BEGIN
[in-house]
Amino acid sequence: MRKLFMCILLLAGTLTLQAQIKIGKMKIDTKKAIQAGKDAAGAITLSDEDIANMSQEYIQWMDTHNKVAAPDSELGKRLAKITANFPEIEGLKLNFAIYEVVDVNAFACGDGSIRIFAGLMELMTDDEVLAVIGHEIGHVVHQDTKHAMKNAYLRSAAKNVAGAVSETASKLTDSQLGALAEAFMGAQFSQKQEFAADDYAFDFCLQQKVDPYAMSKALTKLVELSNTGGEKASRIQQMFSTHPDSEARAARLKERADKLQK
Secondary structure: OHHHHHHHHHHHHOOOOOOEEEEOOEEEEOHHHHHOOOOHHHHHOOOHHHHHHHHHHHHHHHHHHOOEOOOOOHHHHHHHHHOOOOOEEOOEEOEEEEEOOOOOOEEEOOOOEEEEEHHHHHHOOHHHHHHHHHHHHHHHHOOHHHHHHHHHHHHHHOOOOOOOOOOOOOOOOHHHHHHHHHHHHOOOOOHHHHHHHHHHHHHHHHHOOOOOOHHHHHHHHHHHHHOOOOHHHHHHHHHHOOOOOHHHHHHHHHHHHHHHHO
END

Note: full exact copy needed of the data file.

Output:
[in-house]
Amino acid sequence: MRKLFMCILLLAGTLTLQAQIKIGKMKIDTKKAIQAGKDAAGAITLSDEDIANMSQEYIQWMDTHNKVAAPDSELGKRLAKITANFPEIEGLKLNFAIYEVVDVNAFACGDGSIRIFAGLMELMTDDEVLAVIGHEIGHVVHQDTKHAMKNAYLRSAAKNVAGAVSETASKLTDSQLGALAEAFMGAQFSQKQEFAADDYAFDFCLQQKVDPYAMSKALTKLVELSNTGGEKASRIQQMFSTHPDSEARAARLKERADKLQK
Secondary structure: OHHHHHHHHHHHHOOOOOOEEEEOOEEEEOHHHHHOOOOHHHHHOOOHHHHHHHHHHHHHHHHHHOOEOOOOOHHHHHHHHHOOOOOEEOOEEOEEEEEOOOOOOEEEOOOOEEEEEHHHHHHOOHHHHHHHHHHHHHHHHOOHHHHHHHHHHHHHHOOOOOOOOOOOOOOOOHHHHHHHHHHHHOOOOOHHHHHHHHHHHHHHHHHOOOOOOHHHHHHHHHHHHHOOOOHHHHHHHHHHOOOOOHHHHHHHHHHHHHHHHO